How much waste can this create? Is there a system to stop existing incorrect parts from being made? I think not! I wonder how many titanium parts are scrapped.


Tesla just gets a lot of attention, badly designed parts have been a part of engineering from the very beginning. But you would think on a mature assembly line these incorrect parts would have been discovered.

So there you go. Four problems that violated the engineering process. The tighter, simpler and standard the process the less "Rejection Tags" or God forbid "Deaths".

You cannot short cut engineering. But that is what is happening today. Engineering management is not in charge of engineering, drafting used to support engineering management and management trusted the released engineering was correct.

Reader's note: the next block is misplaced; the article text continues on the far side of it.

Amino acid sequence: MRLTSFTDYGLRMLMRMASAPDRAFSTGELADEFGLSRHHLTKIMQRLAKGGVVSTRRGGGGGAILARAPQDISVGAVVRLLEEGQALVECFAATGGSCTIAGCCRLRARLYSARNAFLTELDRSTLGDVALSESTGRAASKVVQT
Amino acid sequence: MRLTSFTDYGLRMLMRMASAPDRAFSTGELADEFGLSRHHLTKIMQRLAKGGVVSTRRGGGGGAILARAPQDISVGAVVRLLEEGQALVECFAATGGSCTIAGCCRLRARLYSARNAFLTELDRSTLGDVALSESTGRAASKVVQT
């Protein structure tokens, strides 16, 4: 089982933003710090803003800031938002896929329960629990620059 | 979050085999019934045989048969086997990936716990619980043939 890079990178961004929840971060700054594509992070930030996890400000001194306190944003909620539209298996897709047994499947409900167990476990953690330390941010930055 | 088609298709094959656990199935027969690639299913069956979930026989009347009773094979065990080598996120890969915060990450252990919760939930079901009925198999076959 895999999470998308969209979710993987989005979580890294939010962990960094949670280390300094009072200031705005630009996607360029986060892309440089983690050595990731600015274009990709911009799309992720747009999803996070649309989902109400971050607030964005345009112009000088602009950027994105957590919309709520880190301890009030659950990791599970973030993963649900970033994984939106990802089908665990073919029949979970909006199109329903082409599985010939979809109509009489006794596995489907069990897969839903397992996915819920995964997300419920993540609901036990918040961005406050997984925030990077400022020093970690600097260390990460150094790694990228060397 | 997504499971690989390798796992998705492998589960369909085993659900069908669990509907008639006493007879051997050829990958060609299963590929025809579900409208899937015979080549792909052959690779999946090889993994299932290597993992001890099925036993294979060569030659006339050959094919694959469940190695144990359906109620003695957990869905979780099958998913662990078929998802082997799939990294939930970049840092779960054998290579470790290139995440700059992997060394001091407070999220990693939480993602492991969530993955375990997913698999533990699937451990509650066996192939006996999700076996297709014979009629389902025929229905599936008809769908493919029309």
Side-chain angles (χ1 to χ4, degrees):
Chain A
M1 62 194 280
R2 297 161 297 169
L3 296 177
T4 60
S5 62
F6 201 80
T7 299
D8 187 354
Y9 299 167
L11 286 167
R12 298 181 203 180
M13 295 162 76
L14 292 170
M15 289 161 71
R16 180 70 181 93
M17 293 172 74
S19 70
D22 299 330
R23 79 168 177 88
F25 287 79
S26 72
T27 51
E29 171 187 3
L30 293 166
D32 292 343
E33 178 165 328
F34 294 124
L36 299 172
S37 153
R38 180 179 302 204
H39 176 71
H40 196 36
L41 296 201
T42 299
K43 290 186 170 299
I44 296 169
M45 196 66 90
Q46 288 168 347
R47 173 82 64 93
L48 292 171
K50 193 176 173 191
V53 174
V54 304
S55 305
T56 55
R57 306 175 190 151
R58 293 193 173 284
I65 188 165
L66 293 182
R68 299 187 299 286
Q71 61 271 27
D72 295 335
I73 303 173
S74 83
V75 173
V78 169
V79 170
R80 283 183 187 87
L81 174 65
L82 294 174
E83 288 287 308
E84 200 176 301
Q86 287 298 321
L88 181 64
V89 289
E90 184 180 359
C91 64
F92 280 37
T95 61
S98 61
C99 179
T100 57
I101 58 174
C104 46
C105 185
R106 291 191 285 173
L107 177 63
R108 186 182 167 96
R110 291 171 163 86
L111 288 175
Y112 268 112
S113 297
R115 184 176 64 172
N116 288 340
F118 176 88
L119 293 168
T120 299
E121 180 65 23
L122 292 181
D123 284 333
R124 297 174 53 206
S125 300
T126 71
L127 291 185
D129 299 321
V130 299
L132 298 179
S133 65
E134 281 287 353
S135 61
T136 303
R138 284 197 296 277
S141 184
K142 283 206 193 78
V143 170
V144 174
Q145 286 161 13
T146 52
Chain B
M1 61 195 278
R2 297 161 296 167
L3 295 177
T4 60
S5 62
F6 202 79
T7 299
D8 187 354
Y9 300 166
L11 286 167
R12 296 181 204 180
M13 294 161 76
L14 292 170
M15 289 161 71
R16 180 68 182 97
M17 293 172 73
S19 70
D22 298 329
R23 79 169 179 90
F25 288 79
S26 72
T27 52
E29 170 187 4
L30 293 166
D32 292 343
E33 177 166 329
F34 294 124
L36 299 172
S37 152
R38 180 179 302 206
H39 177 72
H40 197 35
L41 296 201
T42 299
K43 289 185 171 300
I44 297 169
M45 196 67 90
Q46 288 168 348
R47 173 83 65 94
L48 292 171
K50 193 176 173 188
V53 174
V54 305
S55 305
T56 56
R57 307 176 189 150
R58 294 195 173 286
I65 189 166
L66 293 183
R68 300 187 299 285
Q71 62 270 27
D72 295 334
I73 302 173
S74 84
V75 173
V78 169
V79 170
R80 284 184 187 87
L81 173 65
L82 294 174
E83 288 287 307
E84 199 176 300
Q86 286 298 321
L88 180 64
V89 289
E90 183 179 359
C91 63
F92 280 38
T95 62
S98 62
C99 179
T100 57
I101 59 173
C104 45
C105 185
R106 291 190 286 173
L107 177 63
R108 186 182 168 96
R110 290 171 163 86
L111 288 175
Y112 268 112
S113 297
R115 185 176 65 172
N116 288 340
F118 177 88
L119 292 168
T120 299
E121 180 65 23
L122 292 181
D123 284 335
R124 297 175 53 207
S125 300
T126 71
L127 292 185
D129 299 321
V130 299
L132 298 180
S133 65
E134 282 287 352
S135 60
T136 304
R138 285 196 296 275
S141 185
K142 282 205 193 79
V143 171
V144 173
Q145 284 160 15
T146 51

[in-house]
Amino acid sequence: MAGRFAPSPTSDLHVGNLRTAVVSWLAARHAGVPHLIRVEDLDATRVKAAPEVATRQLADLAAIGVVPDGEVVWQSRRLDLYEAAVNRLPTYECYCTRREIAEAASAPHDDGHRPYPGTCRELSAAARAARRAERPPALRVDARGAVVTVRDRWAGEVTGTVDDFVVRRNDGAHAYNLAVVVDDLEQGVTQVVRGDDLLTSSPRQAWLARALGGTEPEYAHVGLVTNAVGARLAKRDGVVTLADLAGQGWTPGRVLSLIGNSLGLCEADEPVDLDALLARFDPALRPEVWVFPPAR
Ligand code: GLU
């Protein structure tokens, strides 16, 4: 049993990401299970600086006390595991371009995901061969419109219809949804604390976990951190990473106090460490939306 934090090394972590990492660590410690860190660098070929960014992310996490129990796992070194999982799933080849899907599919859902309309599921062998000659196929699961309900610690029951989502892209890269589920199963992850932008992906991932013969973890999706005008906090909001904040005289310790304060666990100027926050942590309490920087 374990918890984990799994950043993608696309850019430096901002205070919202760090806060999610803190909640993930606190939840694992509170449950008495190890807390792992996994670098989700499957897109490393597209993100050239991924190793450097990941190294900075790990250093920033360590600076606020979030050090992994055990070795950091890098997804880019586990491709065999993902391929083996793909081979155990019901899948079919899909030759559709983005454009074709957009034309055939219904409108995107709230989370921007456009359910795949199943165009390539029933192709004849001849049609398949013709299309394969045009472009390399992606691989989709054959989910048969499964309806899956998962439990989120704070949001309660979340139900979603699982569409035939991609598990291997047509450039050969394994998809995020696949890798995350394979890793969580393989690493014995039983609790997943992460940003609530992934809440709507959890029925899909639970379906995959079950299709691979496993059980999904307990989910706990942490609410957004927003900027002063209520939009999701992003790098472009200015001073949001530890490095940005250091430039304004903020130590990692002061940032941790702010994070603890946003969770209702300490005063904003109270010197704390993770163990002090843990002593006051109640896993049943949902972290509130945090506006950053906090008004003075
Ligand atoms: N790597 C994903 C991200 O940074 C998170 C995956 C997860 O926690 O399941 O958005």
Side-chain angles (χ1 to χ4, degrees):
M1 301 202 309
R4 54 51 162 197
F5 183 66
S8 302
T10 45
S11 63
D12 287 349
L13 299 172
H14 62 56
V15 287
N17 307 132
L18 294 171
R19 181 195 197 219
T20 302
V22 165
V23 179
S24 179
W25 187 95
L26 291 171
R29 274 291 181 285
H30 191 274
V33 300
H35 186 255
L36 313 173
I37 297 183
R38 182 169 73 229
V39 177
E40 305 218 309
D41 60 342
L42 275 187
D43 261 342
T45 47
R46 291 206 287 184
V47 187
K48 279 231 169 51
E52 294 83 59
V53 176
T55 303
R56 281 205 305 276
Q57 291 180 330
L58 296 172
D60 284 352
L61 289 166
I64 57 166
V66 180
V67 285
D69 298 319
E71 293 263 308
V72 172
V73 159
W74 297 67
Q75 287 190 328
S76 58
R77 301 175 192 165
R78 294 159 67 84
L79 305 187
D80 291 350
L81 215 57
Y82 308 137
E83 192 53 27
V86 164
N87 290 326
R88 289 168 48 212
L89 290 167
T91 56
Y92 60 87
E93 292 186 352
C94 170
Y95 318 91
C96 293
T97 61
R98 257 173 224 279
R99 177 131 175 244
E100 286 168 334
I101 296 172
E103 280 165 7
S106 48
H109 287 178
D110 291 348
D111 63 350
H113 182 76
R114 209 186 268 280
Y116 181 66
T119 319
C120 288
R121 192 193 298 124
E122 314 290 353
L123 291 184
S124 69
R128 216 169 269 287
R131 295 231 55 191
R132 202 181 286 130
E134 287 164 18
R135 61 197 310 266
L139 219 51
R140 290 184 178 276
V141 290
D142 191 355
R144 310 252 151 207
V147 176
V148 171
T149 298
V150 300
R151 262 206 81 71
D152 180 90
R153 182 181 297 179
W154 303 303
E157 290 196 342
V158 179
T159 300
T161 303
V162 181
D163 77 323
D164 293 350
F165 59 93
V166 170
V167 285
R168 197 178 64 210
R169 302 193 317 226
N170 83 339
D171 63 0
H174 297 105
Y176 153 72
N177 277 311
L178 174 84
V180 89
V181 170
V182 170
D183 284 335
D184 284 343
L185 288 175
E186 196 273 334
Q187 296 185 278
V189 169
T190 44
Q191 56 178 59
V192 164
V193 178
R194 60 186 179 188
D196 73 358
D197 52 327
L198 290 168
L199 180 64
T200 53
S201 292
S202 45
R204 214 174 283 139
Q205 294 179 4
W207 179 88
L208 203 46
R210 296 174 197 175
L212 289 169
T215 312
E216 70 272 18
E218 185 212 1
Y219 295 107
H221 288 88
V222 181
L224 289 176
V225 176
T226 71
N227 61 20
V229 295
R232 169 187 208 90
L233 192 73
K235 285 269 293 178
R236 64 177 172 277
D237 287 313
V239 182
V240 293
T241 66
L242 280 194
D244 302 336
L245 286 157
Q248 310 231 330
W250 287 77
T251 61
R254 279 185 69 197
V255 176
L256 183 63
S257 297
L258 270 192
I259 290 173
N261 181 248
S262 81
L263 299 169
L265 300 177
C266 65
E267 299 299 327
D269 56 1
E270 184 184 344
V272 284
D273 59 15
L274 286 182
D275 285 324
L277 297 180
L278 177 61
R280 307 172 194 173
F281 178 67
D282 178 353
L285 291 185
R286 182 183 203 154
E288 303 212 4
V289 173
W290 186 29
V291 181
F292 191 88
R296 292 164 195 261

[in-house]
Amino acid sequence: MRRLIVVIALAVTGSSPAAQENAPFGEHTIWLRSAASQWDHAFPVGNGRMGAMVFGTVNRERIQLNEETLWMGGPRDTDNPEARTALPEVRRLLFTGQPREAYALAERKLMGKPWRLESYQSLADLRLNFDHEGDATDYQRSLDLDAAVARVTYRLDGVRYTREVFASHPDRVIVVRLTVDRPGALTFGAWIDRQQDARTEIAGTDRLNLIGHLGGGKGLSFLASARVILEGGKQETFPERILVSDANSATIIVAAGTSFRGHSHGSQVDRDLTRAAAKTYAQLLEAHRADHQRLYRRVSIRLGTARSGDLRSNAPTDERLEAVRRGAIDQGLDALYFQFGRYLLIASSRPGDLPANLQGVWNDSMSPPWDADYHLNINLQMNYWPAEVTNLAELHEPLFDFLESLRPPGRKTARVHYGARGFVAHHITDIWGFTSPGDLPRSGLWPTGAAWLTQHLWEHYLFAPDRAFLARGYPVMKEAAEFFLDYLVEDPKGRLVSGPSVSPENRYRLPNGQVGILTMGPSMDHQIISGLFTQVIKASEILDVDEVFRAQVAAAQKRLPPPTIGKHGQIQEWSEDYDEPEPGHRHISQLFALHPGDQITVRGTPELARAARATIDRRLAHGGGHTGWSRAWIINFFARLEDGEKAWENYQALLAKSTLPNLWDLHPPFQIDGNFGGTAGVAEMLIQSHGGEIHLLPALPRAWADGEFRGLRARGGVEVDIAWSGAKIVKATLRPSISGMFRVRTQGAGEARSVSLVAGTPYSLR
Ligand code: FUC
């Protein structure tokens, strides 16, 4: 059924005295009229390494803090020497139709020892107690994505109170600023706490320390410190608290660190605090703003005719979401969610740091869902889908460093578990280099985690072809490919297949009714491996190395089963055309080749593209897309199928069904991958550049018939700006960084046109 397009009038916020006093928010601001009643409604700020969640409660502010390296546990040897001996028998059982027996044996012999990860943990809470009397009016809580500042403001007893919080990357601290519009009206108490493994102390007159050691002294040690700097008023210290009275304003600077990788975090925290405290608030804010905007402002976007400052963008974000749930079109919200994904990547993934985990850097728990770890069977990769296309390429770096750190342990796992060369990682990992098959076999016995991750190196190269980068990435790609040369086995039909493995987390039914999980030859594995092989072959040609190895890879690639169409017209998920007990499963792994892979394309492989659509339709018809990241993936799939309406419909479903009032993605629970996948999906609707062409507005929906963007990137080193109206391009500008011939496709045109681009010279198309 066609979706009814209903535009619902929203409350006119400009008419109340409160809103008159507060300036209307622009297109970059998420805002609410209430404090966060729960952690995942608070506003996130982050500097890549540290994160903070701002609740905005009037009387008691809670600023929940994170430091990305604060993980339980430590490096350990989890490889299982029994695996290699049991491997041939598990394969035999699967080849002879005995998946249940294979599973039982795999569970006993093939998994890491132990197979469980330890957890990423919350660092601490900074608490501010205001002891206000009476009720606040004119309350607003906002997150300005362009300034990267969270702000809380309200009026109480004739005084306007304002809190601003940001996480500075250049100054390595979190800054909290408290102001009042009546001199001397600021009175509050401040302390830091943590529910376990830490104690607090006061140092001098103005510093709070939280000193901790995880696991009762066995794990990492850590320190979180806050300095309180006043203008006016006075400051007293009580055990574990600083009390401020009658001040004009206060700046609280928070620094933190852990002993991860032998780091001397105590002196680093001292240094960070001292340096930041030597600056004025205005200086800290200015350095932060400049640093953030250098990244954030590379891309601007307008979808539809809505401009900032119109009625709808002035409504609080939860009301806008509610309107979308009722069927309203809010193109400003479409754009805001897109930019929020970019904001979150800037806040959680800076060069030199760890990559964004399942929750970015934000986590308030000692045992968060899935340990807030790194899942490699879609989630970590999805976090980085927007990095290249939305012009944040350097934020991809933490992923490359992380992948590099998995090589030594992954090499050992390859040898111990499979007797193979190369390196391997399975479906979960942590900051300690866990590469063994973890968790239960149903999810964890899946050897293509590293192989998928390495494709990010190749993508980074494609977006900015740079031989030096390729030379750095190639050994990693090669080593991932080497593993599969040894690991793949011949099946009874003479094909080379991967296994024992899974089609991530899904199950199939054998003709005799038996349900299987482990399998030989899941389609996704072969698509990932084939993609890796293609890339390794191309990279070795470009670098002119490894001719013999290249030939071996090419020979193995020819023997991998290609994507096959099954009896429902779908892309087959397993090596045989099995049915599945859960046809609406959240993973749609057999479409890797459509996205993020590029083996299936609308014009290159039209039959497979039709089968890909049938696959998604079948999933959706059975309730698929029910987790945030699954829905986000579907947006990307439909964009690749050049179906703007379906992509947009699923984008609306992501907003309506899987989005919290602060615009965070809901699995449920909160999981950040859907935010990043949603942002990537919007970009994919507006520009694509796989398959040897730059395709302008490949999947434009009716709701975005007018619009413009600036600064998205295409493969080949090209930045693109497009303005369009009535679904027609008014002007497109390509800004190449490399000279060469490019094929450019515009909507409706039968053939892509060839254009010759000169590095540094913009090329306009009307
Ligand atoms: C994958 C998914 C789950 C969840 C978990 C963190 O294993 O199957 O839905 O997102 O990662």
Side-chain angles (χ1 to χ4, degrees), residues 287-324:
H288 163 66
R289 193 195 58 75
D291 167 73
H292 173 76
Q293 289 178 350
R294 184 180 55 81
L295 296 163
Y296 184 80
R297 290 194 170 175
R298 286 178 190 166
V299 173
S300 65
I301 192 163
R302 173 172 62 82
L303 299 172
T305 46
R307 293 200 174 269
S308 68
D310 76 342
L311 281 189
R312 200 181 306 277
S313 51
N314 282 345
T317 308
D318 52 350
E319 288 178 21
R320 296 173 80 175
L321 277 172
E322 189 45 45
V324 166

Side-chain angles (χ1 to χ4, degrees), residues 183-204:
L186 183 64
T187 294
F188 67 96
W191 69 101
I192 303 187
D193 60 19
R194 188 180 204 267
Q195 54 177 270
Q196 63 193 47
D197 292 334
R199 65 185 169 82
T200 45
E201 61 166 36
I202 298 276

Today, they depend on PLM and the CAD vendor to manage engineering top down. Engineering costs are soaring! Without a good established checking process errors are also soaring. These people do not have the ability to differentiate between relative importance's that are so critical in engineering.

It really is time to review the current engineering process. Now the smaller companies have not moved to the PLM and MBE system. It is very costly to get into and maintain. They are still using the proven standard engineering process, and quite successfully.